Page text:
We moved from the world of SQL driven ETL (e.g., Perl+SQL) and reporting (like SQR) in the early 90s to a metadata-based (semantic layer) based approach. Although we have made many mistakes along the way, there is a net benefit – machine managed code.
We are not talking about AI/ML-based code generation here. That is definitely something we need to start looking at, but that is going to be the topic of the next blog.
The “machine managed code” here refers to externalization, i.e., we are providing the key parameters (metadata) for a software program to generate the required SQL to do the data transformation (ETL) or to extract data for reporting.
Let’s discuss why this is beneficial, and how to scale this thinking in a modern data platform to further benefit from this approach.
The key value proposition of providing metadata (tables, columns, joins, aggregates, multi-query rules, and other information) vs. writing SQL directly is a reduction in time to develop and test, achieve better quality, and reduced maintenance effort. If a line of code is written by a person, a person manages it. If a line of code is written by a machine, the machine manages it. It is much easier to manage the metadata then code as metadata is structured while code is semi-structured at best.
When we look back, maybe all of these three benefits are not completely materialized for your organization. The reason for this lack of complete realization of benefit could be related to poor design, inefficient use of SQL procedures, lack of aggregated metadata, or any similar issue. But at the end of the day, benefits are clear and realized to a great extent by many organizations.
The key areas left out in the current approach that we can consider in the modern data platform are:
- Data Source Connector Framework: Only the SQL was abstracted through metadata, but no specific framework was created as an additional layer of metadata specific to known data source connectors. Data sourcing has certain known components/steps, and creating a metadata framework allows for the second level of abstraction beyond just core SQL.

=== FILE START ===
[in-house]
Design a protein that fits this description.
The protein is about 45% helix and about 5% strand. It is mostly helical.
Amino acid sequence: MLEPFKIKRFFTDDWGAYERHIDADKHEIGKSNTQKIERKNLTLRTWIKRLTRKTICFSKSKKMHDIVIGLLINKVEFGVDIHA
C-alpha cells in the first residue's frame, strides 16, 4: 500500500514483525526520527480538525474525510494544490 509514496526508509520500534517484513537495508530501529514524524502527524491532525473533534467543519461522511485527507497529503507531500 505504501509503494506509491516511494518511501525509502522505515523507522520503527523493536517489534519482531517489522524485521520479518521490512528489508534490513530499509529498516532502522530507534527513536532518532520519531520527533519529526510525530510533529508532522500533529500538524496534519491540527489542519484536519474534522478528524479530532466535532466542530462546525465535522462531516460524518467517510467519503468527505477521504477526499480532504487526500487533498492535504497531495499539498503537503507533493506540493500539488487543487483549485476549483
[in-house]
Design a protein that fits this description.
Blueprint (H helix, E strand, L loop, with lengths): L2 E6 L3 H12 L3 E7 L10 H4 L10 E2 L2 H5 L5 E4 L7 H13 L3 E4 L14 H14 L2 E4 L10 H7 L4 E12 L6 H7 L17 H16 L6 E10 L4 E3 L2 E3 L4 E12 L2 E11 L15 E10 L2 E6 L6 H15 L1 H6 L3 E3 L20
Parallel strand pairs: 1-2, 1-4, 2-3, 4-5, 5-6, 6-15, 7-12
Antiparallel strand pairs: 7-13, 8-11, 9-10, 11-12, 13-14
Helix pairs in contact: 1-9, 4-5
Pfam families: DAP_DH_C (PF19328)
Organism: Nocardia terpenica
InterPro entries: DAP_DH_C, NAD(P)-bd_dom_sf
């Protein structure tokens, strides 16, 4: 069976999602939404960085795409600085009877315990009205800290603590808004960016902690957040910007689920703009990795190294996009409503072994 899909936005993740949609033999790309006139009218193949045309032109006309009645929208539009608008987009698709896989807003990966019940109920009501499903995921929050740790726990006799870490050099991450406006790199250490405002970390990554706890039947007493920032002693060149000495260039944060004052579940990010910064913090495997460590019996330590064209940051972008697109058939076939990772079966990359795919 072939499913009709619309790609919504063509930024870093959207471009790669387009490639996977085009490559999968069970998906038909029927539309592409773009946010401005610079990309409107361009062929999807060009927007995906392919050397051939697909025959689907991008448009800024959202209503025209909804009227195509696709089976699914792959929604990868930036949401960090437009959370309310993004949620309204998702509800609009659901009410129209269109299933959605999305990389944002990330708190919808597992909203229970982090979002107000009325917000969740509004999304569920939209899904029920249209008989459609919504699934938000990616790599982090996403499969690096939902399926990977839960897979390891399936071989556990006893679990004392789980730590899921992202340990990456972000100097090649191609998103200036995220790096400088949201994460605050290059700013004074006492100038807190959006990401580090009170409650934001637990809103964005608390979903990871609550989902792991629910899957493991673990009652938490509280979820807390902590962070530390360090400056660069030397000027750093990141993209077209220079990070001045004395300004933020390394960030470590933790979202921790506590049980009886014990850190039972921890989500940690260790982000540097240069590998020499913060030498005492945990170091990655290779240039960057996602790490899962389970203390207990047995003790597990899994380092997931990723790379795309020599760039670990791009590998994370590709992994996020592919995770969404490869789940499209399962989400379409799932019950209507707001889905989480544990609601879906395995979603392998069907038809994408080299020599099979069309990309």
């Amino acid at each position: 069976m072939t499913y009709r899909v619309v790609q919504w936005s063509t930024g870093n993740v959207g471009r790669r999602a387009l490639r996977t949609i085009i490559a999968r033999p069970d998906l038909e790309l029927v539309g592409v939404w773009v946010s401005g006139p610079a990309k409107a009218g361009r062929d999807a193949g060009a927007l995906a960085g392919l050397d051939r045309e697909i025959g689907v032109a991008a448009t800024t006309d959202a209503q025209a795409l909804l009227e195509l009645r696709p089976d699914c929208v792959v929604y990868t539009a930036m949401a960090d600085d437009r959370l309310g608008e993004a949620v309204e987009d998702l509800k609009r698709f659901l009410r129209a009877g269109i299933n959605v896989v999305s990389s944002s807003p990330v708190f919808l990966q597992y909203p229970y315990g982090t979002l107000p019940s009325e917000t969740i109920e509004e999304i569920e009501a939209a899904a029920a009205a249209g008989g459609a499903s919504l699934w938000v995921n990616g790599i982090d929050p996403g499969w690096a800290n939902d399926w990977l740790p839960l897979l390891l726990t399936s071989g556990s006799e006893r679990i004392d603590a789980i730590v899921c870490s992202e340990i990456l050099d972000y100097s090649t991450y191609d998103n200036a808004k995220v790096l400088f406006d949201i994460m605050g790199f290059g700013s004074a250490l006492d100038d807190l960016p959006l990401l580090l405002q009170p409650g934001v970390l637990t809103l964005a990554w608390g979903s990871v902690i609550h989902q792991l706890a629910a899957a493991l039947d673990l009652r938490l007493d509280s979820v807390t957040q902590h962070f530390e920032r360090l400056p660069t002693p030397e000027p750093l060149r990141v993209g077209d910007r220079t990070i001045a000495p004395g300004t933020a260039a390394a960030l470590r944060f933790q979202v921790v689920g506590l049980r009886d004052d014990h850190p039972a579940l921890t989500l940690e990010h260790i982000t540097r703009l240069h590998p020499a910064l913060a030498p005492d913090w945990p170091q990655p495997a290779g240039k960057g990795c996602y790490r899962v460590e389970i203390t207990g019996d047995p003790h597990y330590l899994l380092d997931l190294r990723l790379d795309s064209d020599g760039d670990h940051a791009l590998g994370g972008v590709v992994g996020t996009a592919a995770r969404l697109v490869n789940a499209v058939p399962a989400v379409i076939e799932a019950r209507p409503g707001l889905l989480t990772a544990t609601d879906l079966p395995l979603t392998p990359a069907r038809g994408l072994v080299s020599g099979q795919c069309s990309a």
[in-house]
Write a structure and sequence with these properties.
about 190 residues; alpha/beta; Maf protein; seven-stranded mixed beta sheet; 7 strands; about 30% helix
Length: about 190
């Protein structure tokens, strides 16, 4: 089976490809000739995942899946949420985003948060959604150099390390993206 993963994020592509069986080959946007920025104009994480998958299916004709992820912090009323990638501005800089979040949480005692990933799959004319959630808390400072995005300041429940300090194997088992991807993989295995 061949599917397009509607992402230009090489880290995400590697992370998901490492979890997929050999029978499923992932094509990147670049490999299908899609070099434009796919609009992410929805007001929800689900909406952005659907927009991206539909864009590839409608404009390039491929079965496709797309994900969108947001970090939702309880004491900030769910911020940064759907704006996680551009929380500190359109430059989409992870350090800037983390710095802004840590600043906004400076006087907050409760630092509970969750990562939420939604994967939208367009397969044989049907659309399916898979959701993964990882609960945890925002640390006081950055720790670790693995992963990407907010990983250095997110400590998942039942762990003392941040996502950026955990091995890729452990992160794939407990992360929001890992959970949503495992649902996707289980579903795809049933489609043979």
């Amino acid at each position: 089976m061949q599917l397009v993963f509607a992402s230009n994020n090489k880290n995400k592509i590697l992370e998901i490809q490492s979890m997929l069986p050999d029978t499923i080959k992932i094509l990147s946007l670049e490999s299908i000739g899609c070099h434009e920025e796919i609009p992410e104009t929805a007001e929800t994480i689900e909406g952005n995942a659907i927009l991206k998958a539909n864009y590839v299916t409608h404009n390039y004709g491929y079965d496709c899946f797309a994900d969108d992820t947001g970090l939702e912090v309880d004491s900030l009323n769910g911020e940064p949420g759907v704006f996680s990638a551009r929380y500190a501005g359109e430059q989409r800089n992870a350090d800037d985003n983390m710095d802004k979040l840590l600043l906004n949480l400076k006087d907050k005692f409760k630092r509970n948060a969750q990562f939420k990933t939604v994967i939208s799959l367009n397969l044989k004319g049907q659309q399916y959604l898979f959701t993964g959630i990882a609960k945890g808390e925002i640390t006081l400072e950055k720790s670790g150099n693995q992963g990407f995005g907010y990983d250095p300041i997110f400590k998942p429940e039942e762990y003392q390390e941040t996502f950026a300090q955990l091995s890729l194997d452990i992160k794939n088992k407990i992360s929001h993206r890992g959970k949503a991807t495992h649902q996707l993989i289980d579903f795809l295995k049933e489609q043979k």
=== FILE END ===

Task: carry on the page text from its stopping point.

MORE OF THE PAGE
- Business Rule framework: Business rules are also coded through metadata to drive SQL and run on data. These rules are reused many times and if structured, business teams can potentially change and maintain them as opposed to always depending on the technology team to inform the ETL/ELT tools. If business rules are structured through a framework, it also helps “institutionalize in a structured fashion” the tribal knowledge, which currently goes from an individual’s head to multiple lines of metadata driving SQL. This new way of structuring can have huge implications in reducing the dependency on specific people. It is an effective hedge against brain drain.
- Data Validation framework: Similar, but not quite the same as business rules. The constructs of data validation rules have some differences in the metadata required. If structured, data validation rules which are business-facing can be managed by the business just like business rules and have other benefits as described in point #2 above.
In a nutshell, as we have leveraged metadata-driven SQL generation, it is time to recognize the opportunities where we can introduce the next level of structure – connectors, business rule, and data validation. This structure not only allows us the original three benefits – speed, quality, and maintenance but also creates the next level of structure to enable upcoming applications like bots, capturing decision pathways of organization, auto-discovery, and ingestion, and CI/CD in data DevOps among others.